When health or safety is at stake, someone may need to contact the local authorities, such as police, fire, public health or animal welfare agencies.


The exact cause of hoarding is still not clear. Hoarding is believed to occur on a continuum, although some people may simply be considered harmless pack rats, however, others may have a more severe form of collecting that is life-threatening. Some of the likely triggering factors could be genetics and upbringing, because this condition is more likely to affect those with a family history of hoarding.

Currently, hoarding is considered a subtype of OCD; however, this classification is still under debate. Although some people with OCD may have hoarding behavior, however, hoarding is not specific to OCD. One study has found that hoarding is no more likely to be associated with OCD than with other anxiety disorders.

To understand the biological and environmental factors that seem to play a role in hoarding, research is still ongoing. Hoarding may be classified as a new and separate mental health disorder, depending on the findings from these studies.



A variety of complications could be caused by hoarding, such as:


  • Unsanitary conditions that pose a risk to health
  • Poor work performance
  • A fire hazard
  • Loneliness and social isolation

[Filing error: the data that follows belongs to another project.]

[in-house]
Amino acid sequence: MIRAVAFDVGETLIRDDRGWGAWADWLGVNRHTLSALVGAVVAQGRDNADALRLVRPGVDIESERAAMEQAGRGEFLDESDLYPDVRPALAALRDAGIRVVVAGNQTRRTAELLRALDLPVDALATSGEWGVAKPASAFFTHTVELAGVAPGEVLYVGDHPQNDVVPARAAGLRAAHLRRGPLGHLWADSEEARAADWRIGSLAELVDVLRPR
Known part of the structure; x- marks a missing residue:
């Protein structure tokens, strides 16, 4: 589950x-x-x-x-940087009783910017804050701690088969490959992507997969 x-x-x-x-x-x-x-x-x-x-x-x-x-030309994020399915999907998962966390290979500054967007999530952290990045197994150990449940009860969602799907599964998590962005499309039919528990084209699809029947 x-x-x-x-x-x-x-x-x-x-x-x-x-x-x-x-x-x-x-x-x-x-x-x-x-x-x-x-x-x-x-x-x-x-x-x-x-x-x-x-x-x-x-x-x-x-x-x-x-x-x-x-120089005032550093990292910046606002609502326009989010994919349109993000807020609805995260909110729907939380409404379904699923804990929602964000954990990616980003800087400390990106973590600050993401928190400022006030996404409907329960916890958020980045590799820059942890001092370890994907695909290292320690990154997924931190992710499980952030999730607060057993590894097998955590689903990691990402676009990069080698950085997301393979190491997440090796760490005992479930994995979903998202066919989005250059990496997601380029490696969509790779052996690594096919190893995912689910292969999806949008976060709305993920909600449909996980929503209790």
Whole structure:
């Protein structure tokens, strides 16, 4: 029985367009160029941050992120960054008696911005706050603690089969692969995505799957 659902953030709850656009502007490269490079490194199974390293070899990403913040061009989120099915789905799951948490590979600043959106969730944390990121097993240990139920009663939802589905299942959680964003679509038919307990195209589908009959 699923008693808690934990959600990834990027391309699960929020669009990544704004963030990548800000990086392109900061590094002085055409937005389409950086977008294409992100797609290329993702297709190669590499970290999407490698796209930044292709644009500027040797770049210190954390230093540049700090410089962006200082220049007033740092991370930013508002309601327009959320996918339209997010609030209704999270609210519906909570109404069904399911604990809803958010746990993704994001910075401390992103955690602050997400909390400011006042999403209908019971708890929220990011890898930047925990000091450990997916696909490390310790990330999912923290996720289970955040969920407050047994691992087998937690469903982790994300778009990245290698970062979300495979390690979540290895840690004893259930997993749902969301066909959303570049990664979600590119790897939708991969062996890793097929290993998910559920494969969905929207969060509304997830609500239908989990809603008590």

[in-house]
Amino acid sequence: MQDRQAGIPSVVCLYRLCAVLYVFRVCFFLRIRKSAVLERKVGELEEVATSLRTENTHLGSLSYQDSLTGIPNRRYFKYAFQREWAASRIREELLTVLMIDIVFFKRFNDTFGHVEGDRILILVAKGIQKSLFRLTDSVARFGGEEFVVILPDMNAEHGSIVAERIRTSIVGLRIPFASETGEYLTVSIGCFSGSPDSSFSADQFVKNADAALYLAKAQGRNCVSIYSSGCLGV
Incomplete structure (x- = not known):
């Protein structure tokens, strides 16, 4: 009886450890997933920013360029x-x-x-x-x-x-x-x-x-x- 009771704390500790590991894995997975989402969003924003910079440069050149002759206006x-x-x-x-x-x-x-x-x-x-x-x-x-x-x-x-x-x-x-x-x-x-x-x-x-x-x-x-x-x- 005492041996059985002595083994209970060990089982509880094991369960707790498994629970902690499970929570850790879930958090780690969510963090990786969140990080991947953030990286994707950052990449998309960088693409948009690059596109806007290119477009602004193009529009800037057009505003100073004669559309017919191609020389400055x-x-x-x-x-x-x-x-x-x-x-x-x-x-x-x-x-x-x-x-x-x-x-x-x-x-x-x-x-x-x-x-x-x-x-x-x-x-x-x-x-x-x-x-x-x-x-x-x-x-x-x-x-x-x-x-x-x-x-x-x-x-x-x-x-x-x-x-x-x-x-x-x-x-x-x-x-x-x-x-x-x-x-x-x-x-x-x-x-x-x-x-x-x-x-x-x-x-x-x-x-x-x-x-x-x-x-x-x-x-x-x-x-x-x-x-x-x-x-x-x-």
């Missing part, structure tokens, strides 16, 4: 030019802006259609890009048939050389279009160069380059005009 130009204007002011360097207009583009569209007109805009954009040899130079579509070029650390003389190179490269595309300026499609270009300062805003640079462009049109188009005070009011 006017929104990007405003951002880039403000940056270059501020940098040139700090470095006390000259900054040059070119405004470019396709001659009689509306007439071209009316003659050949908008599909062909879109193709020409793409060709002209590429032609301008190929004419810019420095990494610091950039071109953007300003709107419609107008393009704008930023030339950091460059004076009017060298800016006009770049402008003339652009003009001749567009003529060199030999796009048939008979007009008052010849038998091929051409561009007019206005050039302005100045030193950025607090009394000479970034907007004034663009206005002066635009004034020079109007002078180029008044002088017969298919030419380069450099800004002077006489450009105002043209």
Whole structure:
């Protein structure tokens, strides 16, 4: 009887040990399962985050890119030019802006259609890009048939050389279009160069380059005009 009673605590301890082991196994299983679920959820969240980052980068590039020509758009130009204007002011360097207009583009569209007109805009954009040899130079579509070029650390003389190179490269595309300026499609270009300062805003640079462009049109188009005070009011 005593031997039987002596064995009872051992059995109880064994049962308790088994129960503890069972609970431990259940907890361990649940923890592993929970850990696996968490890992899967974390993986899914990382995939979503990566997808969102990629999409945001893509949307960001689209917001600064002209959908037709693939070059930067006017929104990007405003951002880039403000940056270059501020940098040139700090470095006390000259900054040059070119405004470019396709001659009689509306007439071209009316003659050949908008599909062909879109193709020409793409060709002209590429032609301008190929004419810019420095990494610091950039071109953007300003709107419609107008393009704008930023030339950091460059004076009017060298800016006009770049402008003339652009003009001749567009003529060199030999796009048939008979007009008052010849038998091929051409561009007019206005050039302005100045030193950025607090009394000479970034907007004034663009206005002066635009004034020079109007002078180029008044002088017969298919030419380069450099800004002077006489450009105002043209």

• An inability to perform daily tasks, including cooking or bathing.


Treating hoarding is usually a challenge, and meets with mixed success. Many people who have this disease don't believe that they need treatment or don't recognize the negative impact of hoarding on their lives. In case the possessions or animals of these people offer comfort, the situation mentioned above could be especially true. When the animals of people who suffer from hoarding are taken away, they may collect more to help fulfill emotional needs.

Because the best treatment for hoarding hasn't been found yet, treating this condition could be quite difficult. A person should find a therapist or other mental health provider with experience in treating hoarding. Therapy usually pays off in the long run, despite the fact that it could be intense and time-consuming, taking many months or even years.

Psychotherapy and medications are the two main types of treatment for hoarding.

The most common form of psychotherapy that is used to treat hoarding is cognitive behavior therapy. During cognitive therapy someone might:


  • Attend family or group therapy
  • Explore why they feel compelled to hoard
  • Improve their decision-making skills
  • Learn and practice relaxation skills
  • Be encouraged to consider psychiatric hospitalization if their hoarding is severe
  • Learn to organize and categorize possessions to help them decide which ones to discard
  • Declutter their home during in-home visits by a therapist or professional organizer
  • Have periodic visits or ongoing treatment to help them keep up healthy habits.

To find the most effective ways to use medications in treatment of hoarding, research is still ongoing. SSRIs (selective serotonin reuptake inhibitors), a type of antidepressant, are the most commonly used medications for hoarding.
Obsessive-compulsive disorder could be effectively treated with these medications. Studies have been made to test SSRIs as a treatment for hoarding symptoms; however, they have found varied results. Some research has found that the SSRI drug paroxetine may improve hoarding symptoms in addition to other symptoms associated with OCD, while another research has suggested that people with hoarding symptoms are less likely to respond to SSRIs.